Bottom trawling destroys far more ocean habitat than any other fishing practice on the West Coast. In this fishing method, large weighted nets are dragged across the ocean floor, clear-cutting a swath of habitat in their wake. Some of these scars will take centuries to heal, if ever. For example, hard corals in Alaska have been dated to be hundreds to thousands of years old, and radio carbon dating on the oldest known deep sea corals indicates they are 4,200 years in age. Yet, these pillars of the ecosystem can be destroyed by one swipe of a bottom trawl.
A bottom trawl consists of a large tapered net with a wide mouth and a small enclosed end. The mouth of a trawl net has two weighted doors that serve not only to keep the net open, but also to keep the net on the ocean floor. These doors can weigh several tons. In addition to the heavy doors, the bottom of the net is a thick metal cable (footrope) studded with heavy steel balls or rubber bobbins that effectively crush everything in their path. As the net drags along the seafloor, living habitat in its path is crushed, ripped up, or smothered as the seabed is turned over.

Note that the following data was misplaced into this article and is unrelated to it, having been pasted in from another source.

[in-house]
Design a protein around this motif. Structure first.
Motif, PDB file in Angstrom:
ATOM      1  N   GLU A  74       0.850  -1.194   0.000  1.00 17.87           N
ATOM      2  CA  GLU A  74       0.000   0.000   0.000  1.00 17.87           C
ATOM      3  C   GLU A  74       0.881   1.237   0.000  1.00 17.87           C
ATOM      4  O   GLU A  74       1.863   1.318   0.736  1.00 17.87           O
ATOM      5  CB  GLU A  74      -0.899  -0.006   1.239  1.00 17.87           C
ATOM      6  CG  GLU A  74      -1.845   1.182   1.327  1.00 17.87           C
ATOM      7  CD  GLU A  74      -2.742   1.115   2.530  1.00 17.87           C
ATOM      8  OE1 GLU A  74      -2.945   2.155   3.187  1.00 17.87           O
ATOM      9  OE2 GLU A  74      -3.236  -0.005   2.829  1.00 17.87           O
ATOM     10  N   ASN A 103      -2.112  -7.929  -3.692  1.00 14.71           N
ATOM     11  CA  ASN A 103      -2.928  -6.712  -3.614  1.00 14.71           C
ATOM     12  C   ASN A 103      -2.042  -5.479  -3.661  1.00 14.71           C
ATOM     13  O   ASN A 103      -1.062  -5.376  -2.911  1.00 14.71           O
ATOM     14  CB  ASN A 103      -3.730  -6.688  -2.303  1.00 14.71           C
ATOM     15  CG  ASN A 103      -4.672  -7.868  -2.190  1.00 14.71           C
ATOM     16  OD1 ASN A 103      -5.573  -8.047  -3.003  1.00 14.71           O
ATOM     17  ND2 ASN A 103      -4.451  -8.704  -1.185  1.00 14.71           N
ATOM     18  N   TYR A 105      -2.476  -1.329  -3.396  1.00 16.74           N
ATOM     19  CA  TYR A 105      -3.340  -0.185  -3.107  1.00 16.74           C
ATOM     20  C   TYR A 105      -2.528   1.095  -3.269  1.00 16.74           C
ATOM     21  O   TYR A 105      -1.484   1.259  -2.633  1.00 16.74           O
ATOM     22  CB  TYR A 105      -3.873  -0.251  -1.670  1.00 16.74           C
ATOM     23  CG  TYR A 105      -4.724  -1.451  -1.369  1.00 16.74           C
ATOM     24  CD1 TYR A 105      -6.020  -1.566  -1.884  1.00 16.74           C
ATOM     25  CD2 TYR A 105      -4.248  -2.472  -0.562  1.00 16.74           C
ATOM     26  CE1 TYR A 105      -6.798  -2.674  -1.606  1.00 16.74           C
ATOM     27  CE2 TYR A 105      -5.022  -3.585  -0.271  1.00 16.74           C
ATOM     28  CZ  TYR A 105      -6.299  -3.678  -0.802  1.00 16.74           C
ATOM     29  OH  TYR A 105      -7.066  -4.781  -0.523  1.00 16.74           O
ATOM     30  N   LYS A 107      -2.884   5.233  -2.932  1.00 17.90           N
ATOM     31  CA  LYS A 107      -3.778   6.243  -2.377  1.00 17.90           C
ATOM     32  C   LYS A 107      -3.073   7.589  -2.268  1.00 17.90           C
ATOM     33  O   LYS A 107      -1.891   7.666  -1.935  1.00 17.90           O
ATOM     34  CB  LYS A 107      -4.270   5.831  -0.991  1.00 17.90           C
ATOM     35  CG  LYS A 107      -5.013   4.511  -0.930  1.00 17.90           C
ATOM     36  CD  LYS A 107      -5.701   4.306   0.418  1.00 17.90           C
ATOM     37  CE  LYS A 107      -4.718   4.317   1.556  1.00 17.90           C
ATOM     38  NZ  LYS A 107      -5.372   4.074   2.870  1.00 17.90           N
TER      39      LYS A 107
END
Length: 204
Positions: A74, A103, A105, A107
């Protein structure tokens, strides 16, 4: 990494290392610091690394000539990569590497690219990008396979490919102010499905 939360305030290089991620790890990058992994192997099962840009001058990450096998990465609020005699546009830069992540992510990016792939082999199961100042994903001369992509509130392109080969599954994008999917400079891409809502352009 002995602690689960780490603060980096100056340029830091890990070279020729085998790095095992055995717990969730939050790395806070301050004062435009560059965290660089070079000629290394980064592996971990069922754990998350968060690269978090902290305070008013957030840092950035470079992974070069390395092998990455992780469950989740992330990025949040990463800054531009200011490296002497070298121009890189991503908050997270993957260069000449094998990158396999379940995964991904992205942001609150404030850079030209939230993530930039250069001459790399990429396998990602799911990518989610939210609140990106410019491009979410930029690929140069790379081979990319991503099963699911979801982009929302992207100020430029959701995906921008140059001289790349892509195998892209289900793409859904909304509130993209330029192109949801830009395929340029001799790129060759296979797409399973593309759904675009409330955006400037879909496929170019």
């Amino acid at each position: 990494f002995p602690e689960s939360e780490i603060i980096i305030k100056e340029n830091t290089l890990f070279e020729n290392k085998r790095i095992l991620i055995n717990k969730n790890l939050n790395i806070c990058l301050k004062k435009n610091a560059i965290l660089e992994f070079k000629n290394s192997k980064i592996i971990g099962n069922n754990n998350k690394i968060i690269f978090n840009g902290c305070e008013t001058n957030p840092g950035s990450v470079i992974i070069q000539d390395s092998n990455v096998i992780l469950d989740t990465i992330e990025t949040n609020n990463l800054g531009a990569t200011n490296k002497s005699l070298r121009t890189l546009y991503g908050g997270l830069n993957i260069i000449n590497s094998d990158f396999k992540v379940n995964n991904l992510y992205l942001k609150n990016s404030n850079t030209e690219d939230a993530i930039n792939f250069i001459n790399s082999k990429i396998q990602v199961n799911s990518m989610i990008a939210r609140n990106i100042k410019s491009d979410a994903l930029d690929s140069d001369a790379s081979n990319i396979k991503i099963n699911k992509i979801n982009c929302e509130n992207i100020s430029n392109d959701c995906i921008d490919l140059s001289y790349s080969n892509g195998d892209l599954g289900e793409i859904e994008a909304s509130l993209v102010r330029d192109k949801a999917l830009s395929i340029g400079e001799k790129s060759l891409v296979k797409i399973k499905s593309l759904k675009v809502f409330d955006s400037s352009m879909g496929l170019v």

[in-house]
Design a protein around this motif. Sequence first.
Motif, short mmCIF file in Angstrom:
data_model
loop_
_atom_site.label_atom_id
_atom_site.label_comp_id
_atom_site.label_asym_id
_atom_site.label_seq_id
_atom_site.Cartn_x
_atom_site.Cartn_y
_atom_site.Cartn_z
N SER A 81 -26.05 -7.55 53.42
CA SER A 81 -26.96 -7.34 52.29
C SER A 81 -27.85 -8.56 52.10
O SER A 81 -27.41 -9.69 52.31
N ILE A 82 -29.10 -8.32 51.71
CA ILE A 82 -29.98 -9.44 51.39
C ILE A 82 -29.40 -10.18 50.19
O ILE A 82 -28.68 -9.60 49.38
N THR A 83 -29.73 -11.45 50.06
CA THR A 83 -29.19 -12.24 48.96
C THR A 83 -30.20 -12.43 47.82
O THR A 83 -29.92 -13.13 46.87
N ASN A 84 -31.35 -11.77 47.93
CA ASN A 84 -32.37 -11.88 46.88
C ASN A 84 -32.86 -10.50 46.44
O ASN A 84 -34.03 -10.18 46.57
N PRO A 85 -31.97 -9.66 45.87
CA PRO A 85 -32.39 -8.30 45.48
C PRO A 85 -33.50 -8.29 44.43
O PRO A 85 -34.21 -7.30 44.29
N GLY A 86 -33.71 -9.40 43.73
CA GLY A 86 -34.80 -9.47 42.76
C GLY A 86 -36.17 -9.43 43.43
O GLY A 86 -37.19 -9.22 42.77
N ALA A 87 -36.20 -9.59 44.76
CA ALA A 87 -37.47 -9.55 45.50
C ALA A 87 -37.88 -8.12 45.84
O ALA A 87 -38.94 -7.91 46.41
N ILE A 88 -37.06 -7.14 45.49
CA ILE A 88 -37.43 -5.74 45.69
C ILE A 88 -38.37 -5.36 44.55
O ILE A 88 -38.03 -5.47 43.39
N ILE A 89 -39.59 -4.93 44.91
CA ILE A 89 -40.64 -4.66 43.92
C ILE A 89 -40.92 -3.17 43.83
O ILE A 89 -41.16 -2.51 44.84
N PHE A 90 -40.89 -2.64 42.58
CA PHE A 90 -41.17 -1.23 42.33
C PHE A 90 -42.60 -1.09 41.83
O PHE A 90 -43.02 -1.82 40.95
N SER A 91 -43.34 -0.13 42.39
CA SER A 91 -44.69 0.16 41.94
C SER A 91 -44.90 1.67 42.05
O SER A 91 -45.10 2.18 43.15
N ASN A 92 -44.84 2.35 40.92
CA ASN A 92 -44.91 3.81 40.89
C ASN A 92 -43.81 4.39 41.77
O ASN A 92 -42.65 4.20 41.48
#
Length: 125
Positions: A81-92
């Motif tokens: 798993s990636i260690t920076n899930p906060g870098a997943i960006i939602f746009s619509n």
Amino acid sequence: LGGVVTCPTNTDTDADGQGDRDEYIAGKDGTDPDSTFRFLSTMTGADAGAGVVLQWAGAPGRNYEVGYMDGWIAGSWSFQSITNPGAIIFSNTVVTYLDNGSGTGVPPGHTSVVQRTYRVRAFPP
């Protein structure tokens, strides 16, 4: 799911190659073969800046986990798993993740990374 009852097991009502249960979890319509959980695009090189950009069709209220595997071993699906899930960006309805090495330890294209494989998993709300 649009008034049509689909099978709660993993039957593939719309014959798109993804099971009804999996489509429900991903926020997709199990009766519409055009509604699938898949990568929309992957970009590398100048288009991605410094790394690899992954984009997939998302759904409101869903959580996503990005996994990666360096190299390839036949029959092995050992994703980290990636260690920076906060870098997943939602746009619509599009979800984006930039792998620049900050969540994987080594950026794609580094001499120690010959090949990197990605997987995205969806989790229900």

According to the National Academy of Sciences, bottom trawling reduces the complexity, productivity, and biodiversity of benthic habitats--damage is most severe in areas with corals and sponges. When disturbed by bottom trawling, as much as 90 percent of a coral colony perishes, and up to two-thirds of sponges are damaged. Additionally, in recent coldwater coral studies, a review of damaged areas seven years later revealed no new growth. Even in soft sediment habitats, bottom trawling can cause irreversible damage. A study in 2012 entitled “Ploughing the deep sea floor” found that bottom trawling fundamentally altered the chemistry and geology of soft sediment habitats, permanently impacting the biological function and composition of these ecosystems.
The damage from bottom trawling is not limited to habitat destruction. As the net drags along the seafloor, all creatures in its path—fish, animals, marine mammals, plants, and turtles—are scooped up along the way. The fishing vessel keeps the targeted commercial species and discards the remaining, unwanted fish and animals—virtually all of it dead or dying as it is discarded back into the sea.
Once coral and sponge communities are destroyed, commercial fish and other species dependent on them for spawning, shelter, nurseries, protection, and food, may also disappear. In addition, overfished species such as rockfish and crab may need corals and other seafloor structures to provide appropriate habitat for recovery.
Continuing to implement conservation measures is needed and practicable to ensure bottom trawling does not destroy coral and sponge habitats.